Quick! Re-write the history books, Helen Clark was PM in 1997 according to the HoS

Far be it for me to argue with a “decent journalist, trained and skilled” but it looks like the 1996 and 1999 elections were all part of some sort of conspiracy to hide reality from the whole of New Zealand.

I say this because a “decent journalist, trained and skilled” like Susan Edmunds in the Herald on Sunday says that Helen Clark was the Prime Minister in 1997:

Helen Clark PM in 1997? - source: NZ Herald

Helen Clark PM in 1997? – source: NZ Herald

Now I know Wikipedia isn’t acceptable as a source, Bryce Johns said so. However Wikipedia shows the results of both the 1996 and 1999 elections. It is clear there that Helen Clark didn’t become the Prime Minister until 1999. 

They could of course be wrong…let’s check what the Electoral Commission says. It looks like they are in on the conspiracy too. Perhaps we better check the Herald, as the sole arbiter of fact. Matt McCarten says it was 1999 that Clark cried:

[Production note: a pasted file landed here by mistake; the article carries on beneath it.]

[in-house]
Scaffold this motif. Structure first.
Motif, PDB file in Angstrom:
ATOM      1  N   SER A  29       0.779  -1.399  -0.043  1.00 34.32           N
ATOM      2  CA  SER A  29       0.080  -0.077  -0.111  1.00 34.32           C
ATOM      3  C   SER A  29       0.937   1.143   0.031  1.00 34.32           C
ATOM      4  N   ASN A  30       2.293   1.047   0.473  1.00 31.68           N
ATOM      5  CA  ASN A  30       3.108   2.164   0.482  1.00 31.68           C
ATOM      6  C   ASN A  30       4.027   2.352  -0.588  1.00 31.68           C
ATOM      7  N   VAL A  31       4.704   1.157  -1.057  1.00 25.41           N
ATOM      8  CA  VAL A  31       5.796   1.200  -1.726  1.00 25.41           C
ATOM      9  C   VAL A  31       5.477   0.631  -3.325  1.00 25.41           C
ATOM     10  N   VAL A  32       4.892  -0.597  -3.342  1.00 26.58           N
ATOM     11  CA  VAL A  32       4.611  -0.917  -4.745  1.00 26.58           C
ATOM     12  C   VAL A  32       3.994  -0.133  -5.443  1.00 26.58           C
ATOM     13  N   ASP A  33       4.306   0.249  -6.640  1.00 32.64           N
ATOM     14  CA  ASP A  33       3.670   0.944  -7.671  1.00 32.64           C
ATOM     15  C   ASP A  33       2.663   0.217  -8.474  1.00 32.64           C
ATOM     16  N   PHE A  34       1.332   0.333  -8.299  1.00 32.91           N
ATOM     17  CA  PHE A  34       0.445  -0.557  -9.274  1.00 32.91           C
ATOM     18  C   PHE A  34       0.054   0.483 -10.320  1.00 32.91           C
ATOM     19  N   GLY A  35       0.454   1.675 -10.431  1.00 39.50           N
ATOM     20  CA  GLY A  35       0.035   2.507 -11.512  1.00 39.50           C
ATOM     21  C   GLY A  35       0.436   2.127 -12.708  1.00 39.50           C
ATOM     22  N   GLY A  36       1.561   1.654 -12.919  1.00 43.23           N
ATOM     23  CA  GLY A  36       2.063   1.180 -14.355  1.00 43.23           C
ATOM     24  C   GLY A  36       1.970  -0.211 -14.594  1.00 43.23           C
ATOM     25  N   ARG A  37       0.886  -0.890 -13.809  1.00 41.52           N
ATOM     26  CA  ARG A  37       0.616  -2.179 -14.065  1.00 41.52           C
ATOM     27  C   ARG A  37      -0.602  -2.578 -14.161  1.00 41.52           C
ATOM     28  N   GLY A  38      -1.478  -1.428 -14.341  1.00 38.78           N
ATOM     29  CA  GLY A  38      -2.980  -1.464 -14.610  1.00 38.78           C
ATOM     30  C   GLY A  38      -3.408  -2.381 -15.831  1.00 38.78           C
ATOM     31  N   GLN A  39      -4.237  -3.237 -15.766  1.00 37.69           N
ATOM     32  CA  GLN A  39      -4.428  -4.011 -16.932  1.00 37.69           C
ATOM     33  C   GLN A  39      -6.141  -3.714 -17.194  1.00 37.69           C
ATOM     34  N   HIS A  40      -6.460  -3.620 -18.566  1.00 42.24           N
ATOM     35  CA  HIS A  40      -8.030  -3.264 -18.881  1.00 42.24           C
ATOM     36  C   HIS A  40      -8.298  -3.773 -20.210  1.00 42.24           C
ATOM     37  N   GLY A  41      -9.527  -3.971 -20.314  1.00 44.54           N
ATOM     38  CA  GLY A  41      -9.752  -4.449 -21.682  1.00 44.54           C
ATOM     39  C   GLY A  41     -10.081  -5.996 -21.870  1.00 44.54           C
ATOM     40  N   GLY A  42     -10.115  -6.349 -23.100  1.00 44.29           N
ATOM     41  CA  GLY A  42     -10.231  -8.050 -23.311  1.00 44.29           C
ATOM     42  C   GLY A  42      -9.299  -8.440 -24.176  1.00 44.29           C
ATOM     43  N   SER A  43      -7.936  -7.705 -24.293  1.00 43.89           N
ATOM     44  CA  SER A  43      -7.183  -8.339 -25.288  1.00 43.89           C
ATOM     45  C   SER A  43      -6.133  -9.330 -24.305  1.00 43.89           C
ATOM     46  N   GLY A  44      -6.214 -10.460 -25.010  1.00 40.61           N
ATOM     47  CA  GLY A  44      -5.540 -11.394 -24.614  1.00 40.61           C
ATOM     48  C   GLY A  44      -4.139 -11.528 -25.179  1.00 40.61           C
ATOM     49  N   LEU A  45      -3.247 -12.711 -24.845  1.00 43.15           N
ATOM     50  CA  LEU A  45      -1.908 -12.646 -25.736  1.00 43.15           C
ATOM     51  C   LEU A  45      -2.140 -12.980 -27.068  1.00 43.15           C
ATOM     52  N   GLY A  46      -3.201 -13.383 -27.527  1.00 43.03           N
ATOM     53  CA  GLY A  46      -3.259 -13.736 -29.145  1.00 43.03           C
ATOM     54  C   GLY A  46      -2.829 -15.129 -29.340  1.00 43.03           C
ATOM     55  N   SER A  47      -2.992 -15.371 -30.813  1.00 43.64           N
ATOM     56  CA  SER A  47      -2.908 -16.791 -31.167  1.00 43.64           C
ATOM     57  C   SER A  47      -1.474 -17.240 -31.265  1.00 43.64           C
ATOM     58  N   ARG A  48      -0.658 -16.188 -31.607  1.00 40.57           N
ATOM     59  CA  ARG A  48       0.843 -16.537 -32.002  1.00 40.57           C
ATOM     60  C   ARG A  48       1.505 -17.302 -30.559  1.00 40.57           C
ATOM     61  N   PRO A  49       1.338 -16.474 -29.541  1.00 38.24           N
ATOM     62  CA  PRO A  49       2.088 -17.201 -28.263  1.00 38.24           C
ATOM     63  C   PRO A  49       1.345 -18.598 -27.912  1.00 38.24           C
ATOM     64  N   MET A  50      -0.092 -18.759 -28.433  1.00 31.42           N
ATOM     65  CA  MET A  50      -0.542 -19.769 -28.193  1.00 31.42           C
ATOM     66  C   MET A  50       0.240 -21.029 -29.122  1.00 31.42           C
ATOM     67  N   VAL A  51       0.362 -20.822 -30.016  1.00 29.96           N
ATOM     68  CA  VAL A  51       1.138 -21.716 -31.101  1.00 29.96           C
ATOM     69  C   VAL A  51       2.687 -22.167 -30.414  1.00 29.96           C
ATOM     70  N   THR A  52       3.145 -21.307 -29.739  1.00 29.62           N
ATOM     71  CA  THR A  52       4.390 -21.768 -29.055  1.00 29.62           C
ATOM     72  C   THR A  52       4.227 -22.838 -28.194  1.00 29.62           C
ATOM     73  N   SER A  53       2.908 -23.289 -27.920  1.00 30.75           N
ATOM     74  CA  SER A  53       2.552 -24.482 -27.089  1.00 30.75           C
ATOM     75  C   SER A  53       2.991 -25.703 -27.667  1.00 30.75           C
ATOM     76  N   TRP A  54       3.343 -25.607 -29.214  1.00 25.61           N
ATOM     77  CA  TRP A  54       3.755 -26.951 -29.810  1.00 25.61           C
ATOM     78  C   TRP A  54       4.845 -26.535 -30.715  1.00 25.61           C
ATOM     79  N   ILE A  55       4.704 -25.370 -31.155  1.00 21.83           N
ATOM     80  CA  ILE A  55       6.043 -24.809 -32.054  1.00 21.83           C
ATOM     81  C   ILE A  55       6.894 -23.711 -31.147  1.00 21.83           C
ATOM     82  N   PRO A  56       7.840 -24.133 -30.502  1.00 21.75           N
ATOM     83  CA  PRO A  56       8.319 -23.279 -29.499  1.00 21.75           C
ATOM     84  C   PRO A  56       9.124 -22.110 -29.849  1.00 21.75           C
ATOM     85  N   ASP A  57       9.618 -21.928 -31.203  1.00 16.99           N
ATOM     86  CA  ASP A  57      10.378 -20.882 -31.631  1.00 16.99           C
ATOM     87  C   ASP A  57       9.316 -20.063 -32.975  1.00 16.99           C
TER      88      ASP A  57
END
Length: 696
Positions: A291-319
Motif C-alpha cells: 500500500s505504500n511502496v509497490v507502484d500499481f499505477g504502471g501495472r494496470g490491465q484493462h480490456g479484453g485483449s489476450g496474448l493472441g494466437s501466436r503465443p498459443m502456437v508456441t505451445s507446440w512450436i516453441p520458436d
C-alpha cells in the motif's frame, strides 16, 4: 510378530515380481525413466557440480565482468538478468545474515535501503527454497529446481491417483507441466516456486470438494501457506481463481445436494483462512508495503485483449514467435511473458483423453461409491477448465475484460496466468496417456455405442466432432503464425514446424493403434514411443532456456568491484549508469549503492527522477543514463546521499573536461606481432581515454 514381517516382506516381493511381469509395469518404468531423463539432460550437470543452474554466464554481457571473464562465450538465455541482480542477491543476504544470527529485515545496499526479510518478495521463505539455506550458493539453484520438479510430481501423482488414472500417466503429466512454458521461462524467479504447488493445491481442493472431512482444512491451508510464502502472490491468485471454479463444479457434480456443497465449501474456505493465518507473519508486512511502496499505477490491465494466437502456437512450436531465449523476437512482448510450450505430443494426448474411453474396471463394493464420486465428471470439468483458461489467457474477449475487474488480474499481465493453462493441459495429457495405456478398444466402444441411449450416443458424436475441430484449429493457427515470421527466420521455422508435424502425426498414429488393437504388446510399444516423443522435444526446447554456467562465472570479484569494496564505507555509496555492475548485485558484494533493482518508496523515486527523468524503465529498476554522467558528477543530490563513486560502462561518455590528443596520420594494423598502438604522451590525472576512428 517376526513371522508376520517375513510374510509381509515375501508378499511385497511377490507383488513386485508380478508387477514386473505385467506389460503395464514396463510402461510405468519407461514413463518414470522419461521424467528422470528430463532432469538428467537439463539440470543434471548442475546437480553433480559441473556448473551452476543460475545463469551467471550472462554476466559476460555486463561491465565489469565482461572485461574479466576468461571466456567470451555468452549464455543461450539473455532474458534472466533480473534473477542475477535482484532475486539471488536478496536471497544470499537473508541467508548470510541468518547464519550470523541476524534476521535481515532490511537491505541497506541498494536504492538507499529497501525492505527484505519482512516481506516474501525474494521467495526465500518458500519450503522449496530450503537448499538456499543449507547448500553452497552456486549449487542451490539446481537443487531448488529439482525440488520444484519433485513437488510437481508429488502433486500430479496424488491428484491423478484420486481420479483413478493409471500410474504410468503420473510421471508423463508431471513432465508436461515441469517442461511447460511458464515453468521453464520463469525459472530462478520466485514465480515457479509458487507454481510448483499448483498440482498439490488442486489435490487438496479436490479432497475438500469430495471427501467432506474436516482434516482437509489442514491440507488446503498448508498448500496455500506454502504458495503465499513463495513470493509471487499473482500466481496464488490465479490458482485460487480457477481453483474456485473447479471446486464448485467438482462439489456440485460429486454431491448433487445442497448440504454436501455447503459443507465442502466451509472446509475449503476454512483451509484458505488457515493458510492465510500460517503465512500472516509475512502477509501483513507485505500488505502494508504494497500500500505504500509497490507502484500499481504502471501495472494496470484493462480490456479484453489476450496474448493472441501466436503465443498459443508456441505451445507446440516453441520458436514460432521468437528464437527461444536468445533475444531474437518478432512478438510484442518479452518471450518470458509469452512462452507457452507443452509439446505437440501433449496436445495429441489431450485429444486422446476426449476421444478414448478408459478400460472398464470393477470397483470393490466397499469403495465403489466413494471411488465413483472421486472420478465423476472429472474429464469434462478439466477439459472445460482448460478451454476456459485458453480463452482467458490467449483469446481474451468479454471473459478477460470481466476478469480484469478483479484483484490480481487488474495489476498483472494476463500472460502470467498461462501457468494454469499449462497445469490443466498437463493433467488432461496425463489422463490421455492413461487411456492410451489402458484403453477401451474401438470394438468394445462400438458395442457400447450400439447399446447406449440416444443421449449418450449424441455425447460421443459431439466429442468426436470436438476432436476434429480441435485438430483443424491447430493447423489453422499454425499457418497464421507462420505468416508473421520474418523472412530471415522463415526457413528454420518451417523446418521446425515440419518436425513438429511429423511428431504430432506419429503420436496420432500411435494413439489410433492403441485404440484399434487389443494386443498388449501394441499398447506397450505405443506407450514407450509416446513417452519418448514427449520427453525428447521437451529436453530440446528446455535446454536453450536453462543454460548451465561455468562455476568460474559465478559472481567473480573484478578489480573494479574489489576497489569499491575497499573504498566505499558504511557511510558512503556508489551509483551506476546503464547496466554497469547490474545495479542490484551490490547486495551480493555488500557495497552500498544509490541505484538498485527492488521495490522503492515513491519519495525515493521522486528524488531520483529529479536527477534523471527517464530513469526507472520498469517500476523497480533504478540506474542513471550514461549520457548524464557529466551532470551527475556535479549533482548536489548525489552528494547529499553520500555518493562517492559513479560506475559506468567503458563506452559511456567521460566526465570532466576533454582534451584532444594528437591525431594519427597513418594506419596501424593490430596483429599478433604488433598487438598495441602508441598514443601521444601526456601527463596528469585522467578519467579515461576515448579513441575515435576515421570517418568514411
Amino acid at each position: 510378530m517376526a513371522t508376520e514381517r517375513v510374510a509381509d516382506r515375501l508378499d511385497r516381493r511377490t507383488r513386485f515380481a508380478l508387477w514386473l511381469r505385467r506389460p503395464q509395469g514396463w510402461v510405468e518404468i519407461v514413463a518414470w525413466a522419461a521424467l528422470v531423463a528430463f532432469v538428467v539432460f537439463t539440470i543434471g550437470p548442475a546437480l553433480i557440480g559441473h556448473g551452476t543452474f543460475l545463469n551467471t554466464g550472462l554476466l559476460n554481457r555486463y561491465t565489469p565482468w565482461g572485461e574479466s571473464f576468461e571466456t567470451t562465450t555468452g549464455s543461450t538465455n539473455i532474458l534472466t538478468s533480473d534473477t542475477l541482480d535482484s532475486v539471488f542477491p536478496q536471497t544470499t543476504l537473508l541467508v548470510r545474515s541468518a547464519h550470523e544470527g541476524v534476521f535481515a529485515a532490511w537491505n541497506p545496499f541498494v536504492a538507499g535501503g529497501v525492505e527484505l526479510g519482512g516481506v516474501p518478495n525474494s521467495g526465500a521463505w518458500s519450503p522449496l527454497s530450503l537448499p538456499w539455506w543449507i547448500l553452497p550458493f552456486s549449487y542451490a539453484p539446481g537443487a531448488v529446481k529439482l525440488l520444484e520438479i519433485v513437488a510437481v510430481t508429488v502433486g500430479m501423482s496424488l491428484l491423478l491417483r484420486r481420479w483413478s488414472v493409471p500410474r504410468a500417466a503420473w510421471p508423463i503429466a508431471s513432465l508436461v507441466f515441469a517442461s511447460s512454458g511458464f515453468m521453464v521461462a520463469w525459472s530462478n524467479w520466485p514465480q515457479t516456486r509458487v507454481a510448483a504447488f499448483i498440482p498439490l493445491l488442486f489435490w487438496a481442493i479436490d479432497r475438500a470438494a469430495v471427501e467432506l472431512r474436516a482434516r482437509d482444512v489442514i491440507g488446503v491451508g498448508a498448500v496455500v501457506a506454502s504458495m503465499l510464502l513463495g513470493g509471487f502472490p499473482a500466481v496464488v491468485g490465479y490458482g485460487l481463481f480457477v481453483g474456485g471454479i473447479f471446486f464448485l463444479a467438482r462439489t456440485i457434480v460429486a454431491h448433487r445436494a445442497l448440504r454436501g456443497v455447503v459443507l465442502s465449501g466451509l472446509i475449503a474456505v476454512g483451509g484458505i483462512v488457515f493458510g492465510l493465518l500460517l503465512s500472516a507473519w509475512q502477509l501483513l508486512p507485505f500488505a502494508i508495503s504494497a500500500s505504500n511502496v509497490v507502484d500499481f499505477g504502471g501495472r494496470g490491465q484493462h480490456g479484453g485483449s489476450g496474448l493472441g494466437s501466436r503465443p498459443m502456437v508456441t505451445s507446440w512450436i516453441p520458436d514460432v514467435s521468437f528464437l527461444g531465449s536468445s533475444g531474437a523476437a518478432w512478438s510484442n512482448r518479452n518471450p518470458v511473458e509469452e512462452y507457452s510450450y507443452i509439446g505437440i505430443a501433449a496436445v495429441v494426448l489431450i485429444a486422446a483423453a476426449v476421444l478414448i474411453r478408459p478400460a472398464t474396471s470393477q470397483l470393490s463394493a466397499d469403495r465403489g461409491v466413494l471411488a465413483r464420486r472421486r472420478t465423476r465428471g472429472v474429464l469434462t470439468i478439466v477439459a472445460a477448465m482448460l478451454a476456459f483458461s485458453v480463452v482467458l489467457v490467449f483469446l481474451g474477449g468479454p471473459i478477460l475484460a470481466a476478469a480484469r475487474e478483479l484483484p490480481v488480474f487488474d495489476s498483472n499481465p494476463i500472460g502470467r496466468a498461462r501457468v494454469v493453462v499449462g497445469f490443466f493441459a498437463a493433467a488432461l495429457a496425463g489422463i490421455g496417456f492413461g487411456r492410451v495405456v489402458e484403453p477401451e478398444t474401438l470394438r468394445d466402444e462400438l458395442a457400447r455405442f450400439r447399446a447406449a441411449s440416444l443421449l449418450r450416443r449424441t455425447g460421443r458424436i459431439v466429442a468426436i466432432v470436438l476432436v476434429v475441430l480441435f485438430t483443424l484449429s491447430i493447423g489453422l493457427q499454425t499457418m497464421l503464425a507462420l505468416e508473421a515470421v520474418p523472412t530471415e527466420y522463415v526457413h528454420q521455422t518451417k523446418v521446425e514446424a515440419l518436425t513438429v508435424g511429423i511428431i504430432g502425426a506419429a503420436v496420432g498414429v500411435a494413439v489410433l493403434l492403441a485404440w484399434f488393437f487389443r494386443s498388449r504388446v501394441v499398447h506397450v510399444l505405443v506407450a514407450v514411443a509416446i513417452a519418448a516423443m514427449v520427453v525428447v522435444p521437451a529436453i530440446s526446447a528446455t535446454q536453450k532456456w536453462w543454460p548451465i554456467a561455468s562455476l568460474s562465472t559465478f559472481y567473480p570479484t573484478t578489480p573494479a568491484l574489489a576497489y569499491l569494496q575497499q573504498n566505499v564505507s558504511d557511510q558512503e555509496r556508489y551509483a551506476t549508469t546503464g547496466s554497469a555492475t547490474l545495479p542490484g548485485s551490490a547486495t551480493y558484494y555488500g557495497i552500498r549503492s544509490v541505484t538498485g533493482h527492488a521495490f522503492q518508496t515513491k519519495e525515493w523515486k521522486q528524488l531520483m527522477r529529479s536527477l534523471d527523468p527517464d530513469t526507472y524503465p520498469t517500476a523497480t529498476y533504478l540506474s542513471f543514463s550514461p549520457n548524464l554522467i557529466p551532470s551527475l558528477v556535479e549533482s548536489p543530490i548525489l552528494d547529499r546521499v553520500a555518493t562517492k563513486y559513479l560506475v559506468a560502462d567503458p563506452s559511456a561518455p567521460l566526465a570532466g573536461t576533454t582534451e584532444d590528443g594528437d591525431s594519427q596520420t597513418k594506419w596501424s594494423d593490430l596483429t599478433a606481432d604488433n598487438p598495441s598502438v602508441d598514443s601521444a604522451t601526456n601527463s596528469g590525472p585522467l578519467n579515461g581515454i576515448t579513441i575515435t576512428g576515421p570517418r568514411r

Helen Clark’s speaking invitation in 1999 was memorable for different reasons. We watched our iron maiden in tears after Waitangi’s real iron maiden, Titiwhai Harawira, who had campaigned for equal rights for women on marae for years, objected.

She queried why a Pakeha woman should be allowed to speak on a marae but not wahine. Clark was so humiliated she refused to return.

Audrey Young, who is a decent journalist, says it was 1998…but that Helen Clark was a future Prime Minister:

In 1998, Mrs Turia was at Te Tii with Helen Clark when Mrs Harawira reduced the then Labour leader to tears over her being allowed to speak.

It had hurt Nga Puhi to think a future prime minister could not feel safe at their marae.

I await the email from Bryce Johns saying that the Herald on Sunday “decent journalists, trained and skilled” have discovered previously undiscovered evidence that Jim Bolger never did win the 1996 election, and that Helen Clark was after all the Prime Minister in 1997…or was it 1998?…or was it 1999?

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As much at home writing editorials as being the subject of them, Cam has won awards, including the Canon Media Award for his work on the Len Brown/Bevan Chuang story.  And when he’s not creating the news, he tends to be in it, with protagonists using the courts, media and social media to deliver financial as well as death threats.

They say that news is something that someone, somewhere, wants kept quiet.   Cam Slater doesn’t do quiet, and as a result he is a polarising, controversial but highly effective journalist that takes no prisoners.

He is fearless in his pursuit of a story.

Love him or loathe him.  But you can’t ignore him.